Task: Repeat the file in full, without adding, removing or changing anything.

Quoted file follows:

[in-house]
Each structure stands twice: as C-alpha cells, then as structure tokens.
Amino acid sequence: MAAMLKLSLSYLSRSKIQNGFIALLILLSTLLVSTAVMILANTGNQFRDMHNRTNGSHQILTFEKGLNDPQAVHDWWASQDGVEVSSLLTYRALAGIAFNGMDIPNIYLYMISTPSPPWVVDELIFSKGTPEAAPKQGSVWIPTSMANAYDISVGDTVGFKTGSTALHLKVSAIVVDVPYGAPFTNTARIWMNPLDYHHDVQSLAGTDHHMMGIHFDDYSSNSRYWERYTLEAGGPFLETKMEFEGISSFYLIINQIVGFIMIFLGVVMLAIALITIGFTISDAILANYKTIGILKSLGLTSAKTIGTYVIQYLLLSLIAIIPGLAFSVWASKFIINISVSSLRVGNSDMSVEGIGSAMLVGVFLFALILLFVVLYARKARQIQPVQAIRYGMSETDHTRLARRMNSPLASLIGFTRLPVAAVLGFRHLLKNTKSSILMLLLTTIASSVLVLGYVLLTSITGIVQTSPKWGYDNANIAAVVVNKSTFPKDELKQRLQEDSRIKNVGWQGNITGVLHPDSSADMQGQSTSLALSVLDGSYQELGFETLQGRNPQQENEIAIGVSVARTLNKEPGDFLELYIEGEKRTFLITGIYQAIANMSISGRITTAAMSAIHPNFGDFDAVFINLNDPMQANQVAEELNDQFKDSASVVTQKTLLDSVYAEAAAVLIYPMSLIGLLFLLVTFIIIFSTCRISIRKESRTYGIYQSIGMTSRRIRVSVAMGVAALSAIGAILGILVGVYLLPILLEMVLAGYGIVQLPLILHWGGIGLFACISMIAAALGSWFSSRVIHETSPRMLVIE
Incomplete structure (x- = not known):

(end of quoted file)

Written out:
[in-house]
Each structure stands twice: as C-alpha cells, then as structure tokens.
Amino acid sequence: MAAMLKLSLSYLSRSKIQNGFIALLILLSTLLVSTAVMILANTGNQFRDMHNRTNGSHQILTFEKGLNDPQAVHDWWASQDGVEVSSLLTYRALAGIAFNGMDIPNIYLYMISTPSPPWVVDELIFSKGTPEAAPKQGSVWIPTSMANAYDISVGDTVGFKTGSTALHLKVSAIVVDVPYGAPFTNTARIWMNPLDYHHDVQSLAGTDHHMMGIHFDDYSSNSRYWERYTLEAGGPFLETKMEFEGISSFYLIINQIVGFIMIFLGVVMLAIALITIGFTISDAILANYKTIGILKSLGLTSAKTIGTYVIQYLLLSLIAIIPGLAFSVWASKFIINISVSSLRVGNSDMSVEGIGSAMLVGVFLFALILLFVVLYARKARQIQPVQAIRYGMSETDHTRLARRMNSPLASLIGFTRLPVAAVLGFRHLLKNTKSSILMLLLTTIASSVLVLGYVLLTSITGIVQTSPKWGYDNANIAAVVVNKSTFPKDELKQRLQEDSRIKNVGWQGNITGVLHPDSSADMQGQSTSLALSVLDGSYQELGFETLQGRNPQQENEIAIGVSVARTLNKEPGDFLELYIEGEKRTFLITGIYQAIANMSISGRITTAAMSAIHPNFGDFDAVFINLNDPMQANQVAEELNDQFKDSASVVTQKTLLDSVYAEAAAVLIYPMSLIGLLFLLVTFIIIFSTCRISIRKESRTYGIYQSIGMTSRRIRVSVAMGVAALSAIGAILGILVGVYLLPILLEMVLAGYGIVQLPLILHWGGIGLFACISMIAAALGSWFSSRVIHETSPRMLVIE
Incomplete structure (x- = not known):